Kernel of Sanity
nytheatre.com review by James Comtois
April 15, 2009
Kermit Frazier plays with ideas of race relations, how heroes often have feet of clay, and the need people have for validation in his play, Kernel of Sanity.
Joel Nagle plays Frank, a white semi-retired actor who has burned himself out with booze, drugs, and sour grapes. Living in a house he rents from his parents and earning income from scamming the Social Security Administration for mental disability compensation (it only took a couple therapy sessions from a complicit quack shrink), he spends his days getting very drunk and high and "working" on his masterwork (which is really just a series of semi-coherent self-righteous rants). He uses the age-old excuse that Hollywood didn't reject him, but that he rejected Hollywood. Sure, sure.
Frank's girlfriend, Rita, tries to get him to do something with his life, but realizes she's fighting an uphill battle. She wants to shake him from his inertia but you get the impression that she wouldn't quite know what she'd do with him if he became proactive with his life. After Rita gives Frank news that she's pregnant, they're met with a surprise visit from Roger, a young black actor who once acted with Frank in a stage production of One Flew Over the Cuckoo's Nest a few years back. Roger is on his way to California and decided to take a detour to see his old acting colleague/idol.
As Rita and Frank talk with Roger, we realize Roger's really there to settle some unfinished business between him and Frank.
Or maybe not. Maybe he just wants Frank's approval. Or maybe he just wants to prove to himself he doesn't need Frank's approval. To be honest, it's a little unclear. The climactic scene is tonally all over the map (what Roger tells Frank and Rita, and more importantly, what he eventually does, turn out to be red herrings...I think) and a bit muddled. It touches on racial tensions—Roger feels he's been living in Frank's shadow—and their somewhat rocky past acting together, but only slightly. Even as I think now about the show, I'm still not 100% sure what the point of Roger's visit was. In fact, Roger's still a bit of a mystery to me. For example, early on, Frank notices Roger is driving a red Camaro. How did he get such a nice ride? Roger's response: "It's a long story." Long or short, it's a story he never tells.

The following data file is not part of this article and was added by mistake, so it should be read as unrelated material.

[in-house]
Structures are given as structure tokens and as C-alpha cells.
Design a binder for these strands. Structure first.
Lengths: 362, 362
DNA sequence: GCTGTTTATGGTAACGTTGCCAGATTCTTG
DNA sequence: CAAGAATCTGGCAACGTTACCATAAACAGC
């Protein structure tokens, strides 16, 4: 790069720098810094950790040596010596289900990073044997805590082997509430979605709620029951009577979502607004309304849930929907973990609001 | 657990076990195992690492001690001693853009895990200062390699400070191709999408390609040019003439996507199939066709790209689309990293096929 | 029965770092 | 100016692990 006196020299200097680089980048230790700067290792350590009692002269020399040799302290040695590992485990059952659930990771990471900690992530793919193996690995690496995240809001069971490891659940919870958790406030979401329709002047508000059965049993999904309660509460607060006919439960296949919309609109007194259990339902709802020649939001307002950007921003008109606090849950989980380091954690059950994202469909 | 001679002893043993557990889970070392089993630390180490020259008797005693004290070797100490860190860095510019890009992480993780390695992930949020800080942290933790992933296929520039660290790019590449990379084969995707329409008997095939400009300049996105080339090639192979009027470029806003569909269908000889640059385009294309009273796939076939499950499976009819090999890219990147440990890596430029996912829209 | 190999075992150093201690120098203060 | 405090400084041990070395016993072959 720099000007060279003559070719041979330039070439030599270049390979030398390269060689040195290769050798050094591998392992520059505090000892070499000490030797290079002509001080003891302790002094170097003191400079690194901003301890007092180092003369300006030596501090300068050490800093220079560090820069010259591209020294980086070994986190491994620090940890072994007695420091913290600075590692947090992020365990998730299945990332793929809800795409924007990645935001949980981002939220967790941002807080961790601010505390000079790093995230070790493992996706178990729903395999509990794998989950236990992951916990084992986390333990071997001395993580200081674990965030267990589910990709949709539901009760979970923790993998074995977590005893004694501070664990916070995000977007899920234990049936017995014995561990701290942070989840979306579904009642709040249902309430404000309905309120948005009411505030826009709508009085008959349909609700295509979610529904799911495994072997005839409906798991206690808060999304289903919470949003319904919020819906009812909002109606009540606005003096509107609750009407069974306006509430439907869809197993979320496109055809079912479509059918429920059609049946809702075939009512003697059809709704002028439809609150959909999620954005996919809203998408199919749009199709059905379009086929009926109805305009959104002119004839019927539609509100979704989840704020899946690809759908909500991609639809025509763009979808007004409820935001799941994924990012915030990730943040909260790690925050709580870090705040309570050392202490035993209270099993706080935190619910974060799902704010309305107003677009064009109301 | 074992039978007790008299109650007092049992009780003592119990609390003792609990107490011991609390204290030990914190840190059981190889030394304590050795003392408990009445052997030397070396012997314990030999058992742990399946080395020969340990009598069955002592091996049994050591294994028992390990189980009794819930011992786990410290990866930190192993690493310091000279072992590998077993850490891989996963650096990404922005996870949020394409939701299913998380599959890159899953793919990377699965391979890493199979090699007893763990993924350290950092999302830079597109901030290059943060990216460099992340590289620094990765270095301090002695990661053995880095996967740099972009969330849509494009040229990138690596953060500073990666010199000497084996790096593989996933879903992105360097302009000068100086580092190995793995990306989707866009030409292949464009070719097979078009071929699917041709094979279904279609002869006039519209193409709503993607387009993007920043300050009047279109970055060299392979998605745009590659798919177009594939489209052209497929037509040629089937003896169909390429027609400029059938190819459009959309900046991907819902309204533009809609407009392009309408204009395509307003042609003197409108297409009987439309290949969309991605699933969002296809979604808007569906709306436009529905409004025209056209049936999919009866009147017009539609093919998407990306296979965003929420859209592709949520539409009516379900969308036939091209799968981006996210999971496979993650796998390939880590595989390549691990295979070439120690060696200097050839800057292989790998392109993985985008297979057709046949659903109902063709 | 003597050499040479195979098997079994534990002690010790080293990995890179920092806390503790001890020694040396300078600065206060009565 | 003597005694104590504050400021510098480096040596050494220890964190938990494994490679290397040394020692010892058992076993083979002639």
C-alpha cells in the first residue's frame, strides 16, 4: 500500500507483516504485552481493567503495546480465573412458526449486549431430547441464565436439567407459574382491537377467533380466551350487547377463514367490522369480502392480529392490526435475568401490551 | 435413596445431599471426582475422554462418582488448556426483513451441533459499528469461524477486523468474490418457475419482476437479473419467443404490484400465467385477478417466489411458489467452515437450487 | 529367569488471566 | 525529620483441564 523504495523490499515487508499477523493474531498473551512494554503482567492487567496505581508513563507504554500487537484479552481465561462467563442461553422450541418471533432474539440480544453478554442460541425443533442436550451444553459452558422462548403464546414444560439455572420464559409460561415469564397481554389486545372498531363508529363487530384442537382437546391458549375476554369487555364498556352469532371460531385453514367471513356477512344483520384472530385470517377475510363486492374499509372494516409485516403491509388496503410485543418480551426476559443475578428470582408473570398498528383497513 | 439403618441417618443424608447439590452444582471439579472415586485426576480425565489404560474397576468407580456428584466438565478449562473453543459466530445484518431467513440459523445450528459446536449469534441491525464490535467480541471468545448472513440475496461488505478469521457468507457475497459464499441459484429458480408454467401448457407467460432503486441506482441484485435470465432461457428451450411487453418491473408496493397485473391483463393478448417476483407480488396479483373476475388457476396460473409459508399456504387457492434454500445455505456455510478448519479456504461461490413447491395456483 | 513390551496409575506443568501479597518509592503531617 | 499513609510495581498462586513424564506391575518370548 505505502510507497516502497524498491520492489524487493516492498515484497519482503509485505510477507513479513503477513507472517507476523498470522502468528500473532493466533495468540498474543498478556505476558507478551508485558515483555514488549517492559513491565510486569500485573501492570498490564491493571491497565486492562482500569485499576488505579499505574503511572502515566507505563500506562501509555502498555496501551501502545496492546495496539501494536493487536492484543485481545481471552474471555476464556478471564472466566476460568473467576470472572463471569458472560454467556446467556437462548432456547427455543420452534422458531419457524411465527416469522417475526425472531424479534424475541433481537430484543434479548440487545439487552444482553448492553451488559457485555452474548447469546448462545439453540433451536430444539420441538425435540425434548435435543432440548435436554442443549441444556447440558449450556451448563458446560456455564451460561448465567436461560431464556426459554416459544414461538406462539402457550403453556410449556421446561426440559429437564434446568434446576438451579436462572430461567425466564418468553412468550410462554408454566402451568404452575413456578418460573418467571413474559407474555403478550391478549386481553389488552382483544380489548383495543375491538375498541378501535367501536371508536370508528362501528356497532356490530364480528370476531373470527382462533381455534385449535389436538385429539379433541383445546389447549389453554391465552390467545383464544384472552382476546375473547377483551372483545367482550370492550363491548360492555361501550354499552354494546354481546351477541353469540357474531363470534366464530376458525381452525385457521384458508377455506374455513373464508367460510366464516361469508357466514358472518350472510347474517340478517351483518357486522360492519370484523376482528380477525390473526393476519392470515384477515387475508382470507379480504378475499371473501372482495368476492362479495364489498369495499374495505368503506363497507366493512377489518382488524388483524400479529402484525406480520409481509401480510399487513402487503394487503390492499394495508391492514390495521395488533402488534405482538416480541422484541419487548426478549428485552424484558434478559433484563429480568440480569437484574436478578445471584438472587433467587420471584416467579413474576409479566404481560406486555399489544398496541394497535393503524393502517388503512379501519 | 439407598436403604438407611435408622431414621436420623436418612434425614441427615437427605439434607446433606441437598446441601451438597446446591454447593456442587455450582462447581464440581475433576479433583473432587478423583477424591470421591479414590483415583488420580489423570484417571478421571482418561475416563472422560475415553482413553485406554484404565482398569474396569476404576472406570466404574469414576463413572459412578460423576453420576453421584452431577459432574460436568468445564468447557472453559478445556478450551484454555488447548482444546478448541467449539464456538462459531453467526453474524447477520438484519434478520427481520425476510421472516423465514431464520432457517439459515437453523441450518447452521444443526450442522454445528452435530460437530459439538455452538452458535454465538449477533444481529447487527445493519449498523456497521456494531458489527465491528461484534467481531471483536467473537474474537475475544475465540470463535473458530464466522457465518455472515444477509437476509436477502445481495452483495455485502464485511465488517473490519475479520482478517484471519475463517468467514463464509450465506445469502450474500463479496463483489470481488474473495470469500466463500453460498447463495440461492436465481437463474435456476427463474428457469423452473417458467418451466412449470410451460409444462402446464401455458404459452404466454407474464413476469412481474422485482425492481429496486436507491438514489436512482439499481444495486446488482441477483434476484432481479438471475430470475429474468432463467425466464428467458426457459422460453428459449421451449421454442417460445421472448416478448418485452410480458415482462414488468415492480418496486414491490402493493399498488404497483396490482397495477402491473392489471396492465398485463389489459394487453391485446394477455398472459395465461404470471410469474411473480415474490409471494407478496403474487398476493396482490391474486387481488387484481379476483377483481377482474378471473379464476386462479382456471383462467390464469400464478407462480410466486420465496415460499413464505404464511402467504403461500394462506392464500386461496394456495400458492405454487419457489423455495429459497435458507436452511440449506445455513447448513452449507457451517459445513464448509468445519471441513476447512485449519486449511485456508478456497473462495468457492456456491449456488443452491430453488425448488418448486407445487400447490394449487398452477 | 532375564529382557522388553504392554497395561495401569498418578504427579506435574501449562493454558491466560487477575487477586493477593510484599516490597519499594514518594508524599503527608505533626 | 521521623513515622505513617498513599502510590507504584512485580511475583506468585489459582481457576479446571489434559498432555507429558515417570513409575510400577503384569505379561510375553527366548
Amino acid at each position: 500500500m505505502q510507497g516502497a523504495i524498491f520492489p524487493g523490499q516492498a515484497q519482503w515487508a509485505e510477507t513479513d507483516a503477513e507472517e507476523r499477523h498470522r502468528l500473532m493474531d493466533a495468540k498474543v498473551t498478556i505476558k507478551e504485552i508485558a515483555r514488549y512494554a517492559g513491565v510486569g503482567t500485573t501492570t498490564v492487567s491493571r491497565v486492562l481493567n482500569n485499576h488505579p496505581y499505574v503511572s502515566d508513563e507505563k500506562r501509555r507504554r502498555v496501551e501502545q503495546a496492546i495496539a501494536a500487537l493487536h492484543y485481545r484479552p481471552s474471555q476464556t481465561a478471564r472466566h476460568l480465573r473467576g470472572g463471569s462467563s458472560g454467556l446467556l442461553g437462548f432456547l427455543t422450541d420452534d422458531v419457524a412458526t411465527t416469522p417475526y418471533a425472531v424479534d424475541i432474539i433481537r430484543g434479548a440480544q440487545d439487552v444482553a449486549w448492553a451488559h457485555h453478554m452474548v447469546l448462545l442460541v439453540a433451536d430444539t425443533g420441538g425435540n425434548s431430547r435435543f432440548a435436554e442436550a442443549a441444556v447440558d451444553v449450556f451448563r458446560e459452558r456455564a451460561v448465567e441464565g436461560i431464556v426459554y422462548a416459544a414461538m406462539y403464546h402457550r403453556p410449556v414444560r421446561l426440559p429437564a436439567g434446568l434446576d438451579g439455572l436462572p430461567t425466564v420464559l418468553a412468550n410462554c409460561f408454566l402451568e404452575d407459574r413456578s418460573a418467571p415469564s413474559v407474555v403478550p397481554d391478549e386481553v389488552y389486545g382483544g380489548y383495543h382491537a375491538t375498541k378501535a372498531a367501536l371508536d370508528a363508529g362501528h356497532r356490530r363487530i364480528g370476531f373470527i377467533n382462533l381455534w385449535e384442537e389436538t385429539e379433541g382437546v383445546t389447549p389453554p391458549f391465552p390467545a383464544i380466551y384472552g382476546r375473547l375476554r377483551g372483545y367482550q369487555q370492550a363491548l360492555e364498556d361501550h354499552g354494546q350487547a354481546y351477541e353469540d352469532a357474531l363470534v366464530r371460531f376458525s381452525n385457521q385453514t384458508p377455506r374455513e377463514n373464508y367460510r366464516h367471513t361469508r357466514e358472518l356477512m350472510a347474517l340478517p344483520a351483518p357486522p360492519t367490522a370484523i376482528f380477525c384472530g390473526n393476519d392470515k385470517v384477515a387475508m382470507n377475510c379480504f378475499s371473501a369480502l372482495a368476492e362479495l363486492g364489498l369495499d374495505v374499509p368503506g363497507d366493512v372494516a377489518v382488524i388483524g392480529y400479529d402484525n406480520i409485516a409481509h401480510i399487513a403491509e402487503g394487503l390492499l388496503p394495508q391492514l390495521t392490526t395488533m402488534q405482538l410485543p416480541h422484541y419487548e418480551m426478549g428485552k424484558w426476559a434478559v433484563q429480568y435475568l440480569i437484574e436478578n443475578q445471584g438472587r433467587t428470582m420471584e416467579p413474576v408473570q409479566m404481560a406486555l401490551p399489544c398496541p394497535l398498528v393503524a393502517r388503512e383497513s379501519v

Director Petronia Paley does a fine job with the play, although she makes some choices I found a little confusing. Although this is a play that seems to be very rooted in the real world, it seems as though there are a few scenes that deal with surrealism or breaking the fourth wall. But I don't really know if that's what was going on.
I'll give an example. In one scene, Frank exits the living room to fix everybody drinks, leaving Roger and Rita alone together. After they talk for a bit, the lights change very minutely, and they start dancing. Now, is this supposed to be really happening with these characters or not? I couldn't tell. And if it is supposed to be a moment of magic realism/surrealism (i.e., if these characters are not really dancing), who's imagining this? And why? If it's supposed to be played straight (i.e., they really are dancing), why would they be?
However, I enjoyed watching these three very disparate people interact through the course of the 90 minutes that the play progresses. This is also due to the solid acting in this piece. In addition to Nagle's authentic and jittery performance as Frank (have you noticed that lazy stoners can never sit still?), Chaz Reuben plays Roger with a lot of charisma and compelling stage presence, and Madeleine James is quite convincing as Rita, a woman who is both at the end of her rope with her boyfriend, yet unable to let him go.
Despite finding some aspects of the show confusing, I still found Kernel of Sanity engaging. At its core is a nice, low-key drama about people who protect themselves from the world through self-delusion, and resort to blaming others for their lot in life.